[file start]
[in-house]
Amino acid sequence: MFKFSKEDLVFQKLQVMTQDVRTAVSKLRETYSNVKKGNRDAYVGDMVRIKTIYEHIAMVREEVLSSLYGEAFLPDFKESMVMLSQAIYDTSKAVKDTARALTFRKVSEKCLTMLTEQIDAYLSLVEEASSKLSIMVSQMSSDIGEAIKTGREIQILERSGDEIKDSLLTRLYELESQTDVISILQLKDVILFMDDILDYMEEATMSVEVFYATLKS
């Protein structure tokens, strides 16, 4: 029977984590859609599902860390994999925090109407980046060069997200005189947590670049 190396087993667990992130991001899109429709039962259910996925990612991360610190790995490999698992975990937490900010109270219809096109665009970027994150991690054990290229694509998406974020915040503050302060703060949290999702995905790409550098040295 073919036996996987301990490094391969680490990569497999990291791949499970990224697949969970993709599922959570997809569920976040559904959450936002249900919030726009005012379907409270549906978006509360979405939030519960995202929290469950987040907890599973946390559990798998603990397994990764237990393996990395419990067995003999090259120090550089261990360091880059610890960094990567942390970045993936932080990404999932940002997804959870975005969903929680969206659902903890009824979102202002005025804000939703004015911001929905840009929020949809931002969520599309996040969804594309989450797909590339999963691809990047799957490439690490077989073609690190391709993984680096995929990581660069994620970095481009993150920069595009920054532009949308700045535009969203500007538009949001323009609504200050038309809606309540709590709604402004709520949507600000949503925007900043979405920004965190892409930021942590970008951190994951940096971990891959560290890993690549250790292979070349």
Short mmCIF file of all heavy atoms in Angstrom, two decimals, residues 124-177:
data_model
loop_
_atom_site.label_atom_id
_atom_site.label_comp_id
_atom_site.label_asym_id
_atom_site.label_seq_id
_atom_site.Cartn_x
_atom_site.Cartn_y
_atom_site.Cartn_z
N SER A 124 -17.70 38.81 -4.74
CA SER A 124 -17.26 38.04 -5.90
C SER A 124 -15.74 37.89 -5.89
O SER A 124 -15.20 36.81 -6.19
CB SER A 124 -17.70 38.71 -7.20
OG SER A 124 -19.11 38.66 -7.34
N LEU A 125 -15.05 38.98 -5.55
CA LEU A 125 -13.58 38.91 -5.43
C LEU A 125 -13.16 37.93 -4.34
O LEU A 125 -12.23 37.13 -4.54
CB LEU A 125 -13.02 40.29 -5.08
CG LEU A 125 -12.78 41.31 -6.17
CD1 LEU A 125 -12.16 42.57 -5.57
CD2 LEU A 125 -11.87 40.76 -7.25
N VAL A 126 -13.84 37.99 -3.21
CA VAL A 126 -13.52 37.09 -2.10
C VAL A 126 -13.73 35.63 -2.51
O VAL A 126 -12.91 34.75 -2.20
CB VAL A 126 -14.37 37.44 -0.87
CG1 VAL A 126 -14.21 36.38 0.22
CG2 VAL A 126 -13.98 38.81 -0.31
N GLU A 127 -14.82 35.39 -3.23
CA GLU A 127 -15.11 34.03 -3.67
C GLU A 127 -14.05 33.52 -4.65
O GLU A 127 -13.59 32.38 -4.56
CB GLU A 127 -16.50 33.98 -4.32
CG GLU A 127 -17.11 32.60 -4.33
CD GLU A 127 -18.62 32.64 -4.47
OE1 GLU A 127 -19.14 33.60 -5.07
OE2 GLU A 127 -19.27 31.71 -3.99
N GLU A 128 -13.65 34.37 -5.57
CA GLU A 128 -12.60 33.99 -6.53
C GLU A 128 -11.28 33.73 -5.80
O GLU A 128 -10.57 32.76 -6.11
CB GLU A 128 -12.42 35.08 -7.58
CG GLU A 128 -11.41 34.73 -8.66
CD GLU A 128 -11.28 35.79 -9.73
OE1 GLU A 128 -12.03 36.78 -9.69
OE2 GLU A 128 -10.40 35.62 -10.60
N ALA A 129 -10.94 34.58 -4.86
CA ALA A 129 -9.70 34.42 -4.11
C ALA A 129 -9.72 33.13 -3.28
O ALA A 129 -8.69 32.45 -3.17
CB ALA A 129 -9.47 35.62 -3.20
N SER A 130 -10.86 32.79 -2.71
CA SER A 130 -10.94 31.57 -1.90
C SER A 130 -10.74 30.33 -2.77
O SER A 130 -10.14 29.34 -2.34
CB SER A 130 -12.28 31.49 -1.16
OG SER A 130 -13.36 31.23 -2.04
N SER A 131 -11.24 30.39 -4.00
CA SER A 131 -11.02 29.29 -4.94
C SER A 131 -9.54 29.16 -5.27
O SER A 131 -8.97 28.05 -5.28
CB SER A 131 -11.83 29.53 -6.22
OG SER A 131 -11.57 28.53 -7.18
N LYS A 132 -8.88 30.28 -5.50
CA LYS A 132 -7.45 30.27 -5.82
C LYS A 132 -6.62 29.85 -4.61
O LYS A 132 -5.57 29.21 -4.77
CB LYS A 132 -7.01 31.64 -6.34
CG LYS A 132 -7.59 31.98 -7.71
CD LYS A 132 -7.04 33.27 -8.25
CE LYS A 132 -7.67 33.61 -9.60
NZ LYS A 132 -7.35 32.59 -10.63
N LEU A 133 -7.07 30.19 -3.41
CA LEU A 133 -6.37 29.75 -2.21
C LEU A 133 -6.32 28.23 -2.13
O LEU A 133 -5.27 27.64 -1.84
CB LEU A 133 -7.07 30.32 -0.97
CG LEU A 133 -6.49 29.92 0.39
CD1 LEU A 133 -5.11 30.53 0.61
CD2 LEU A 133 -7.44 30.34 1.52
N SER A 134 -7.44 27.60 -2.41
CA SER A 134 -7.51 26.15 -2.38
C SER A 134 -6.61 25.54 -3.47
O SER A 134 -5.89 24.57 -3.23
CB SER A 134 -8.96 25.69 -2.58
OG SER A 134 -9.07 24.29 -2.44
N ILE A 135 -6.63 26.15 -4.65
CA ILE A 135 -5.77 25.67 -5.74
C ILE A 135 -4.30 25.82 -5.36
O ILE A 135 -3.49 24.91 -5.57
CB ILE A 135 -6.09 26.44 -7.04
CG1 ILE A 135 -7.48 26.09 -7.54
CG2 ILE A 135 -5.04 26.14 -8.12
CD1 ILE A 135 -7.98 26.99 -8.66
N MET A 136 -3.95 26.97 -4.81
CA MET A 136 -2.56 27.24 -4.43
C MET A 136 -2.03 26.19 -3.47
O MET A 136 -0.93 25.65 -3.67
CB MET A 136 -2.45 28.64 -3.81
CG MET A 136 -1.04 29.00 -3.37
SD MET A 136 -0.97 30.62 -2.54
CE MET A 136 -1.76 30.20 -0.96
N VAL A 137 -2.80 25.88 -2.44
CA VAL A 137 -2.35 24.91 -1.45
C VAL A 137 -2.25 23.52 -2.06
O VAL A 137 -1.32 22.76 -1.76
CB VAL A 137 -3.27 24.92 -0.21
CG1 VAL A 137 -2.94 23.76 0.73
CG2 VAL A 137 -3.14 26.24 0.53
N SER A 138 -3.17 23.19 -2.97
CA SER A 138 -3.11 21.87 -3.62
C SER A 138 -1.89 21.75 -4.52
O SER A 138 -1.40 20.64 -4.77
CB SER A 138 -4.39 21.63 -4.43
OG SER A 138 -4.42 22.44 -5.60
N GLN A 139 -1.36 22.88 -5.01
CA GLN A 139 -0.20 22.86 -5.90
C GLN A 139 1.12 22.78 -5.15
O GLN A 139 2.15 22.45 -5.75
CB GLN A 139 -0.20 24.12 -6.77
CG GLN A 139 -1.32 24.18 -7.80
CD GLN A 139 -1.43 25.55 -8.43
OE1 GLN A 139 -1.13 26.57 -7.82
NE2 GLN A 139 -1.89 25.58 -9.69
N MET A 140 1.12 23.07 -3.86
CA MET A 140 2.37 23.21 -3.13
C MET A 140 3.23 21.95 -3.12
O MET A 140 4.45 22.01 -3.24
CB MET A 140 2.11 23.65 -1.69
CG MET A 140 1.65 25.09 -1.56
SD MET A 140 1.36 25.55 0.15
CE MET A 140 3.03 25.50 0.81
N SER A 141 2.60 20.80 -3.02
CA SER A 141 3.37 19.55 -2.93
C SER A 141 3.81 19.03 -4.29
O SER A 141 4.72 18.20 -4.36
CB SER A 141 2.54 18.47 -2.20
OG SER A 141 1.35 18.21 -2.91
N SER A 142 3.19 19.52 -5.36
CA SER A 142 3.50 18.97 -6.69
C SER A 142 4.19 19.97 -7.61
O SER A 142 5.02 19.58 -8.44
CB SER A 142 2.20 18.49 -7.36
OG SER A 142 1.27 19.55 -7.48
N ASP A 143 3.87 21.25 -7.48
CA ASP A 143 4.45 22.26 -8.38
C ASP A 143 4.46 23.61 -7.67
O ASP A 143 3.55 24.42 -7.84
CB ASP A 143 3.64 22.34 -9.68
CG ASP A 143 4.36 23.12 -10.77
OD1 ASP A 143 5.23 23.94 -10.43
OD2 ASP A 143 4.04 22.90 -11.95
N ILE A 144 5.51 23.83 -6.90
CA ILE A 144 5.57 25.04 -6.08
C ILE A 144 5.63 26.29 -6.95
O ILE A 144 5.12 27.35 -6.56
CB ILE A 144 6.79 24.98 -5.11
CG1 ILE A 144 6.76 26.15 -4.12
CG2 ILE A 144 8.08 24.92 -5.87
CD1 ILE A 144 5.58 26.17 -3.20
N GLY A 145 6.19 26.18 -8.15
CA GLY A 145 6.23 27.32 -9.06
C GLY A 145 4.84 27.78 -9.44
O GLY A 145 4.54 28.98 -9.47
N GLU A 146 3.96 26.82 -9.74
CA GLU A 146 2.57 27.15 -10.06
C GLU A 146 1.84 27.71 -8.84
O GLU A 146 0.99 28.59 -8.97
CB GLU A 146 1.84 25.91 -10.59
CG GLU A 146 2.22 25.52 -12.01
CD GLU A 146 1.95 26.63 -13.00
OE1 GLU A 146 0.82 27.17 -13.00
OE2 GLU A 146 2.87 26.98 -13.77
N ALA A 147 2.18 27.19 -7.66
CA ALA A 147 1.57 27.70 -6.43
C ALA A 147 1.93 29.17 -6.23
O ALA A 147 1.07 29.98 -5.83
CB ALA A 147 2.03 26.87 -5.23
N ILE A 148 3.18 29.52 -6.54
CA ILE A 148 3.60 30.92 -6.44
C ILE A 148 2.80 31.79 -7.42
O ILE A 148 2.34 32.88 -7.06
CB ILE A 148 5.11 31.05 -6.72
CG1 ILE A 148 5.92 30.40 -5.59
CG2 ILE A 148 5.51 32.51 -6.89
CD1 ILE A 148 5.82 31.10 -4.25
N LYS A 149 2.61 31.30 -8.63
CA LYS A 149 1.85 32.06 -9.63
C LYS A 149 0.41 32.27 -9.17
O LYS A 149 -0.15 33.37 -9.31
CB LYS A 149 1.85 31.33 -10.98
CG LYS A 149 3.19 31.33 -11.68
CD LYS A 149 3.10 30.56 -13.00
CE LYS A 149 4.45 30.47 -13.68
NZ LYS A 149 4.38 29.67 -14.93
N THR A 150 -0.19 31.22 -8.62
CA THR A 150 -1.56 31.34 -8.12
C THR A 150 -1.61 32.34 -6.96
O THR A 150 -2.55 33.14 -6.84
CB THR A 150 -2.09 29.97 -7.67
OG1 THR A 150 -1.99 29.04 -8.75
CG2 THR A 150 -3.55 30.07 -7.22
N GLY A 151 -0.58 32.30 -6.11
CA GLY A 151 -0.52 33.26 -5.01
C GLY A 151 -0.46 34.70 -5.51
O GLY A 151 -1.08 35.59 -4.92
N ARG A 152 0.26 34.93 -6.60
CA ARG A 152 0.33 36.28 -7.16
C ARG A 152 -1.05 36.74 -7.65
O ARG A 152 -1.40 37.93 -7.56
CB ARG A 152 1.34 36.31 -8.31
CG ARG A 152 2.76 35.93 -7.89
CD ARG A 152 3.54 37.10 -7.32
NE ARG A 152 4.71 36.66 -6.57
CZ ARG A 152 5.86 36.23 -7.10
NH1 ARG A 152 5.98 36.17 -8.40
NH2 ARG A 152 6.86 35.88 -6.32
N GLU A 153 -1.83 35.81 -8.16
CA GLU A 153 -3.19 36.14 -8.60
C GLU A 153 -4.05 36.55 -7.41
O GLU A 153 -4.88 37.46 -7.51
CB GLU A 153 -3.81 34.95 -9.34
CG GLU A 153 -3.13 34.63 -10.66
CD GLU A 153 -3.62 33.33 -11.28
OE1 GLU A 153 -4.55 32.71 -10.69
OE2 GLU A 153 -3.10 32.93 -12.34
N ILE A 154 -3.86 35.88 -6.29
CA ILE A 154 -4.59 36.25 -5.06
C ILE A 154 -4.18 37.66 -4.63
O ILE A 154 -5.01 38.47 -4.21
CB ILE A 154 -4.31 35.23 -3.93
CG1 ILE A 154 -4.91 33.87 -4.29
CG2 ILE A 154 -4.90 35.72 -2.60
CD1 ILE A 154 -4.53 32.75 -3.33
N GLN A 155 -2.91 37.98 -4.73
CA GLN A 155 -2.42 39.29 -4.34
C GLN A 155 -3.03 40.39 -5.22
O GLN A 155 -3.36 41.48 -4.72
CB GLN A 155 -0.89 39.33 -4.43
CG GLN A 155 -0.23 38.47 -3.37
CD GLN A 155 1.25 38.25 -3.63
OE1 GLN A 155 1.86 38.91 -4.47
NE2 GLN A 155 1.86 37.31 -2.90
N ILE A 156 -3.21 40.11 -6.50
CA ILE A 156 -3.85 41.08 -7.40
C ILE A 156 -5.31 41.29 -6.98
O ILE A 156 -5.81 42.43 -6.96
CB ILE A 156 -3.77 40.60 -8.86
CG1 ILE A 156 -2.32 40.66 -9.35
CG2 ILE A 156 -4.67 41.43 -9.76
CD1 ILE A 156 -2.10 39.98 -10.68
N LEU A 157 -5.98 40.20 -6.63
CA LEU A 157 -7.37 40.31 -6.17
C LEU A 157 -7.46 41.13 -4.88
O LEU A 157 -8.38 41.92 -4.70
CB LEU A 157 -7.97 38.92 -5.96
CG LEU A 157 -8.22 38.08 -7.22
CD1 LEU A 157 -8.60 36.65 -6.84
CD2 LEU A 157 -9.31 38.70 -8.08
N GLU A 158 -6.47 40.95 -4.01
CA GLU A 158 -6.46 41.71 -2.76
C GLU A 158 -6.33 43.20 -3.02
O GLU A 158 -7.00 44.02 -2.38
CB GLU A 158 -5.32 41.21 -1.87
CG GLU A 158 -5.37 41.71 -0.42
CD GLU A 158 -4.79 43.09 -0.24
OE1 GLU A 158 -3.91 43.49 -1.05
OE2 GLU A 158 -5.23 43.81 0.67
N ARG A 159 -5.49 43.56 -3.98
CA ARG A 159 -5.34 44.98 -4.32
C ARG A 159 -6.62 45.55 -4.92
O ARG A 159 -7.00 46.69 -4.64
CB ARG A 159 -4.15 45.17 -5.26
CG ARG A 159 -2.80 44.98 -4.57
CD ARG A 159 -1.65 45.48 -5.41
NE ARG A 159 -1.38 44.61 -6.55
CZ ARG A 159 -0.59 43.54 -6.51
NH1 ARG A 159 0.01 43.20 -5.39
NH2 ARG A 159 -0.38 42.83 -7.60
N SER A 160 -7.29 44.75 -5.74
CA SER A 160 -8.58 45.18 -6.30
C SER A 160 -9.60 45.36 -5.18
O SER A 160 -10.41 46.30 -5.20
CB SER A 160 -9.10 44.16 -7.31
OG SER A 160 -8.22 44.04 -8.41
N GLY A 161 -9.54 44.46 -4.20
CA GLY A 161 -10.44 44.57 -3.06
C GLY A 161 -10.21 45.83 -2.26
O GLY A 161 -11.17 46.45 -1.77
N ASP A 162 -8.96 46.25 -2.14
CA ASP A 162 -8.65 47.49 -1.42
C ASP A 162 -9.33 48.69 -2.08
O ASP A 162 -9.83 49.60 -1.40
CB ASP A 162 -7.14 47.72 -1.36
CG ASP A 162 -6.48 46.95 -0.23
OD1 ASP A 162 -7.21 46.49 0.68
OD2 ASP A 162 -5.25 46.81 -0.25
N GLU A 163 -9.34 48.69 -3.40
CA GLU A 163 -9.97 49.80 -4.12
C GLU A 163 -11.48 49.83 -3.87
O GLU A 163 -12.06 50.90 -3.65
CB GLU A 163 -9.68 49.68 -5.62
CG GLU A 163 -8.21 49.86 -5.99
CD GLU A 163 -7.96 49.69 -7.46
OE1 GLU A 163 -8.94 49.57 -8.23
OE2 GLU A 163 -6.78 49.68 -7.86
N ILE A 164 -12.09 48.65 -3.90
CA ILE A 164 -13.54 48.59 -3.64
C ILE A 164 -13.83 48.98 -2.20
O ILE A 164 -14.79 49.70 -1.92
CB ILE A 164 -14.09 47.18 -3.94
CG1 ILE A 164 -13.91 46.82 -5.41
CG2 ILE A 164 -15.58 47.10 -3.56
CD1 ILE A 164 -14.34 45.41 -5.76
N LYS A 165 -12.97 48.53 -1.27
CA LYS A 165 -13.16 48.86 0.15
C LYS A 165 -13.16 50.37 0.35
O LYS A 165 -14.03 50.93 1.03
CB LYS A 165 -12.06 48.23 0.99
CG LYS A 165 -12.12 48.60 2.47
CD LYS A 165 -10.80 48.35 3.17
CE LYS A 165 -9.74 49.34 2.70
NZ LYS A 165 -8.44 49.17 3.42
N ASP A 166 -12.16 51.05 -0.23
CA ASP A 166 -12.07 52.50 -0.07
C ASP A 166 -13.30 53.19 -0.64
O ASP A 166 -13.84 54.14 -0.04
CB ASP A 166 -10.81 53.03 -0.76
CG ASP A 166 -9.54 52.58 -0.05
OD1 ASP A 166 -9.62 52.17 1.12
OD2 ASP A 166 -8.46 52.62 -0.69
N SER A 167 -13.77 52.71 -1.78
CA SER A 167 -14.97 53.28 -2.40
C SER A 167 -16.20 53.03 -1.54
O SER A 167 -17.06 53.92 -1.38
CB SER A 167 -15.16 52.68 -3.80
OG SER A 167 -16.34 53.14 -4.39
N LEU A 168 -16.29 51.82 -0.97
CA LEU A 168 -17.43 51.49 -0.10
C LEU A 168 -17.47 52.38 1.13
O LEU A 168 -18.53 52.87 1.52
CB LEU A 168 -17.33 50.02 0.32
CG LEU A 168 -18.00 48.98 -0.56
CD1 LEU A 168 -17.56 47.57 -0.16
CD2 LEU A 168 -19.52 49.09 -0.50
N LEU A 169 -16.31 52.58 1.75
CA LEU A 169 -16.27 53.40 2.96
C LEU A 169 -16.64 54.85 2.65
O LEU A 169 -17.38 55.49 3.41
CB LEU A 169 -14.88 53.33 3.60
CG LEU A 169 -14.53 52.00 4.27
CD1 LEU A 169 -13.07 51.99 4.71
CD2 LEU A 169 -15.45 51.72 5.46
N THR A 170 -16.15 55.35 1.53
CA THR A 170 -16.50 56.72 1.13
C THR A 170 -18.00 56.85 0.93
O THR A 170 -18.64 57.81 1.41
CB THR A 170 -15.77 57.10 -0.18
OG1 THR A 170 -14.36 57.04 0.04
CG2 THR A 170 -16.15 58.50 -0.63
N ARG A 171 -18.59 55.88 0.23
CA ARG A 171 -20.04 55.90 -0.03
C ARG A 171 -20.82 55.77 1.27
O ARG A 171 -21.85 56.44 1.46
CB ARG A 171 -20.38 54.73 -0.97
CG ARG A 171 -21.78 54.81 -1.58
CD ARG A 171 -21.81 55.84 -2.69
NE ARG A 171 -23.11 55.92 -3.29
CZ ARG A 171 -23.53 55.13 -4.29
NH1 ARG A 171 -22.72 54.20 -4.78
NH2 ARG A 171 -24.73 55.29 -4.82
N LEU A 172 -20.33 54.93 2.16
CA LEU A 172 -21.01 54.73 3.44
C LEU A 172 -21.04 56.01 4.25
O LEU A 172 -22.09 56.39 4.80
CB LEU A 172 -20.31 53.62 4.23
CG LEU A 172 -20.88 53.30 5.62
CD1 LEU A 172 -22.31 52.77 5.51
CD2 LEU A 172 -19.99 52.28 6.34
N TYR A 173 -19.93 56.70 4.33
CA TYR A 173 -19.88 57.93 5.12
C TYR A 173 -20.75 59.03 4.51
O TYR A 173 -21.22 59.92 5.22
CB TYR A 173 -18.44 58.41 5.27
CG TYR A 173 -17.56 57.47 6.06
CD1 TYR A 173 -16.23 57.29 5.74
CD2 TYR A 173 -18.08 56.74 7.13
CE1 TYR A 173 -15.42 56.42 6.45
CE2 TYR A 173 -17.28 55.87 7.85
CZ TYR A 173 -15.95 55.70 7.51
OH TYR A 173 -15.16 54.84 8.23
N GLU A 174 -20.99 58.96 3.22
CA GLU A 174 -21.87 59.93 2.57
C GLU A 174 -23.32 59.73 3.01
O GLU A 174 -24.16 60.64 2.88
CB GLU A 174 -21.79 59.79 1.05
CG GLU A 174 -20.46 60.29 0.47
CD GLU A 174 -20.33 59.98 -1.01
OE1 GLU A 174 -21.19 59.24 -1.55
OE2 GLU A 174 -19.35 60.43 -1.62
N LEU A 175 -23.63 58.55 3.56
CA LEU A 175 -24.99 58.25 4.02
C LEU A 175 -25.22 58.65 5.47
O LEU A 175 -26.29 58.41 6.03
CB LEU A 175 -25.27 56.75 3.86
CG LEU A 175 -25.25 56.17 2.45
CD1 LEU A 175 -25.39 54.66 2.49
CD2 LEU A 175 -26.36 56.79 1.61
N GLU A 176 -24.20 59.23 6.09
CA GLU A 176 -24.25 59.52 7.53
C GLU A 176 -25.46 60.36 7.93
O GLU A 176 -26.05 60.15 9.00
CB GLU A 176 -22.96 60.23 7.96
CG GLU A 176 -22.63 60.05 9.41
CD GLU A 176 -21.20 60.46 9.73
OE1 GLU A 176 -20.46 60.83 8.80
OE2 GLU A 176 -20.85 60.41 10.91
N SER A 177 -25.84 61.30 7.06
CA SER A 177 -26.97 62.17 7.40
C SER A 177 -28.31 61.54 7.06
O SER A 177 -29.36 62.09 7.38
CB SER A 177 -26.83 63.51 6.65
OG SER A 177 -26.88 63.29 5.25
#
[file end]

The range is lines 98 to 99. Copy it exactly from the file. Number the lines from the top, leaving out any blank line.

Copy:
CG1 ILE A 135 -7.48 26.09 -7.54
CG2 ILE A 135 -5.04 26.14 -8.12